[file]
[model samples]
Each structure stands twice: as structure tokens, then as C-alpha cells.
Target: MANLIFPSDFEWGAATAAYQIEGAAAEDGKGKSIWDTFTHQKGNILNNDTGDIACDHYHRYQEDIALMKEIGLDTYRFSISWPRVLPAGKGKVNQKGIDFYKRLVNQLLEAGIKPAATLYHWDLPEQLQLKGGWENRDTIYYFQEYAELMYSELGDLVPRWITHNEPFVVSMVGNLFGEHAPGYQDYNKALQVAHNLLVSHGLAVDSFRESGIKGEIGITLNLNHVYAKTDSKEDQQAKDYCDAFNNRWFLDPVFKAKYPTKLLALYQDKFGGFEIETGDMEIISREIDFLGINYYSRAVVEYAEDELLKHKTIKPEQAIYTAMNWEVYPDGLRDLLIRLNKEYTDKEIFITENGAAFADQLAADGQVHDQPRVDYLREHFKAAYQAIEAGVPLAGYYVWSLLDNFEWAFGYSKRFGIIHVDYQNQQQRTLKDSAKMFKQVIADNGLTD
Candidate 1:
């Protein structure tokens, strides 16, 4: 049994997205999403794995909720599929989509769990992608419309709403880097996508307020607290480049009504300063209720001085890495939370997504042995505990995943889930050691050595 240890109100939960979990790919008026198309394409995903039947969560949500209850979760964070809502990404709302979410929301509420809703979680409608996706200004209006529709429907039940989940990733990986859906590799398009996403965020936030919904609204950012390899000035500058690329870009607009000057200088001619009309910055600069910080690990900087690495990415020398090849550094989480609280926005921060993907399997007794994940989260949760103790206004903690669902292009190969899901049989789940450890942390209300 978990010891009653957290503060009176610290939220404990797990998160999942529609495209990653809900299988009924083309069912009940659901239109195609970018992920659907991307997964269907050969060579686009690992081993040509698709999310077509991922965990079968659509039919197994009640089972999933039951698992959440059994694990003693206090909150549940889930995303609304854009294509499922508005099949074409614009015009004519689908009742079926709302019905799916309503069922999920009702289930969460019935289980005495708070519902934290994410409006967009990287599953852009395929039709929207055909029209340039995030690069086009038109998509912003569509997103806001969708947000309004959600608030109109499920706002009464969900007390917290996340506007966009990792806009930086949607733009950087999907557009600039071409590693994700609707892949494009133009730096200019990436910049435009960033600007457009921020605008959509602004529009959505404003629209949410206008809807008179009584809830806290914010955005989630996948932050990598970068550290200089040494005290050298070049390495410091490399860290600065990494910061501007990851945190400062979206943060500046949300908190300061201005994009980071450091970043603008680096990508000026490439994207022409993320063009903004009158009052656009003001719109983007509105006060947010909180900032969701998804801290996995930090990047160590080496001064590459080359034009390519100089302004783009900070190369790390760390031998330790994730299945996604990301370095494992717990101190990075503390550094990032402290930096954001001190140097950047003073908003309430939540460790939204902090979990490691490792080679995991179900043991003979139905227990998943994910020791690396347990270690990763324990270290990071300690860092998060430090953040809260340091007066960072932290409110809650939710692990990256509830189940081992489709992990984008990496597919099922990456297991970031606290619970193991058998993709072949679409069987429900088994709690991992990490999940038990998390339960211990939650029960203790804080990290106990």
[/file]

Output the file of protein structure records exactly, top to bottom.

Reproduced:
[model samples]
Each structure stands twice: as structure tokens, then as C-alpha cells.
Target: MANLIFPSDFEWGAATAAYQIEGAAAEDGKGKSIWDTFTHQKGNILNNDTGDIACDHYHRYQEDIALMKEIGLDTYRFSISWPRVLPAGKGKVNQKGIDFYKRLVNQLLEAGIKPAATLYHWDLPEQLQLKGGWENRDTIYYFQEYAELMYSELGDLVPRWITHNEPFVVSMVGNLFGEHAPGYQDYNKALQVAHNLLVSHGLAVDSFRESGIKGEIGITLNLNHVYAKTDSKEDQQAKDYCDAFNNRWFLDPVFKAKYPTKLLALYQDKFGGFEIETGDMEIISREIDFLGINYYSRAVVEYAEDELLKHKTIKPEQAIYTAMNWEVYPDGLRDLLIRLNKEYTDKEIFITENGAAFADQLAADGQVHDQPRVDYLREHFKAAYQAIEAGVPLAGYYVWSLLDNFEWAFGYSKRFGIIHVDYQNQQQRTLKDSAKMFKQVIADNGLTD
Candidate 1:
């Protein structure tokens, strides 16, 4: 049994997205999403794995909720599929989509769990992608419309709403880097996508307020607290480049009504300063209720001085890495939370997504042995505990995943889930050691050595 240890109100939960979990790919008026198309394409995903039947969560949500209850979760964070809502990404709302979410929301509420809703979680409608996706200004209006529709429907039940989940990733990986859906590799398009996403965020936030919904609204950012390899000035500058690329870009607009000057200088001619009309910055600069910080690990900087690495990415020398090849550094989480609280926005921060993907399997007794994940989260949760103790206004903690669902292009190969899901049989789940450890942390209300 978990010891009653957290503060009176610290939220404990797990998160999942529609495209990653809900299988009924083309069912009940659901239109195609970018992920659907991307997964269907050969060579686009690992081993040509698709999310077509991922965990079968659509039919197994009640089972999933039951698992959440059994694990003693206090909150549940889930995303609304854009294509499922508005099949074409614009015009004519689908009742079926709302019905799916309503069922999920009702289930969460019935289980005495708070519902934290994410409006967009990287599953852009395929039709929207055909029209340039995030690069086009038109998509912003569509997103806001969708947000309004959600608030109109499920706002009464969900007390917290996340506007966009990792806009930086949607733009950087999907557009600039071409590693994700609707892949494009133009730096200019990436910049435009960033600007457009921020605008959509602004529009959505404003629209949410206008809807008179009584809830806290914010955005989630996948932050990598970068550290200089040494005290050298070049390495410091490399860290600065990494910061501007990851945190400062979206943060500046949300908190300061201005994009980071450091970043603008680096990508000026490439994207022409993320063009903004009158009052656009003001719109983007509105006060947010909180900032969701998804801290996995930090990047160590080496001064590459080359034009390519100089302004783009900070190369790390760390031998330790994730299945996604990301370095494992717990101190990075503390550094990032402290930096954001001190140097950047003073908003309430939540460790939204902090979990490691490792080679995991179900043991003979139905227990998943994910020791690396347990270690990763324990270290990071300690860092998060430090953040809260340091007066960072932290409110809650939710692990990256509830189940081992489709992990984008990496597919099922990456297991970031606290619970193991058998993709072949679409069987429900088994709690991992990490999940038990998390339960211990939650029960203790804080990290106990």